Predictably, the men’s designs were stronger. Denim, in candy colors, was nicely tapered and rolled just above the ankle. Camo, amped up in red, was layered in with the requisite Hawaiian flower and tiki motifs. Bastian also showed a knack for tweaking rugby shirts with agreeable details such as an exaggerated contrast placket, or lacing instead of buttons. Swimwear, though, was where things really got fun. A pair of pink swim trunks with a hippo print was merry enough for both Maui and East Hampton. Meanwhile, one beefy male model seemed to be wearing nothing but a mint green Gant logo cotton tank top (if you looked closely, you could see tiny swim briefs underneath). If anything, it brought plenty of smiles all around.

GANT BY MICHAEL BASTIAN FALL 2011

Gant is a historic American label—full name: Gant of New Haven—but the second-act success story of its revival owes as much to the Swedes as to the WASPs; it’s now Nordic-owned. The label’s dual citizenship gave Michael Bastian a jumping-off point for Fall. “We’ve been spending so much time in Stockholm,” he explained. “We really wanted to celebrate the two sides of Gant’s life: the whole U.S. heritage, but also now this cool, modern, sexy Scandinavian thing that has crept into the label in a big way. What you’re seeing is a hybrid of America and Scandinavia.”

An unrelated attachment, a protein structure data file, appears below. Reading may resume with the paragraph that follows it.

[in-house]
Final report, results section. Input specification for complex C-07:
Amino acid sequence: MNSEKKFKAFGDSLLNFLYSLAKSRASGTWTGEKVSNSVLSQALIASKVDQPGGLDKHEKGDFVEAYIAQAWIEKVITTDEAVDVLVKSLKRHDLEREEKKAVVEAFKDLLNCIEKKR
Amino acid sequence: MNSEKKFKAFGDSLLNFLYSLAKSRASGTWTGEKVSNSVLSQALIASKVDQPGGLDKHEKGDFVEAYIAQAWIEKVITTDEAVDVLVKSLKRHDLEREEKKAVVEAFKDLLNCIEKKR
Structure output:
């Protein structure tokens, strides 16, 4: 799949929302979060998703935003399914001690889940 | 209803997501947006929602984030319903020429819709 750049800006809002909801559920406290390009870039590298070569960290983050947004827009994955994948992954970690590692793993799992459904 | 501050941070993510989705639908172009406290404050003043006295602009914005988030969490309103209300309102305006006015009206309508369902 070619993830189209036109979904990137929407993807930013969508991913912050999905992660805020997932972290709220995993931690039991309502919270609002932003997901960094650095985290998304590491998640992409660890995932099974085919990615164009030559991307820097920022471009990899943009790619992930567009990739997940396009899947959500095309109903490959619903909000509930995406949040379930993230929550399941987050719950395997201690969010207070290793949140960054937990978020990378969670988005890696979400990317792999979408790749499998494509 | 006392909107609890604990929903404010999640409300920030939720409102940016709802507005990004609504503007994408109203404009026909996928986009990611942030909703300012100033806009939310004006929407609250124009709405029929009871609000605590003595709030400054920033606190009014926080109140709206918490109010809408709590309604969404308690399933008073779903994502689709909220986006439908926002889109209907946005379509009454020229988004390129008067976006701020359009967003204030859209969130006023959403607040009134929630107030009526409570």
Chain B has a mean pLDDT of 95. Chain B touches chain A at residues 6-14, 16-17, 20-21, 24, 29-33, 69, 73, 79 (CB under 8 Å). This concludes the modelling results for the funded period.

The individual pieces—sport coats, parkas, puffer vests, embroidered khakis, camo pants, and so on, for men and for women—are true-blue U.S.A. But the styling, according to the designer, comes from the Swedes. “Swedish winters are not for the faint of heart,” Bastian said. “It’s dark, it’s freezing, but somehow they manage to look cool, chic, and sexy while totally layered up—which is hard in a big parka.”

A big parka’s not the half of it. It wasn’t uncommon for looks to include three or more shirts, plus a coat, plus hats and belts, watches and ties, color piled on color, print on contrasting print. But take off any piece, put it on a rack, and you’ve got what smells like a sale. And, even layered nearly to the point of exhaustion, the pieces did have the kind of off-kilter, cocky cool that’s native to rambunctious kids. What sort, exactly? “We thought of the guy as part of a cross-country ski gang—which is kind of funny, because cross-country skiers don’t form gangs,” Bastian mused. “Then these girls were schoolgirls who were almost abducted by this gang.” Freedom fighters, meet the Winter Olympics. Stranger things have happened.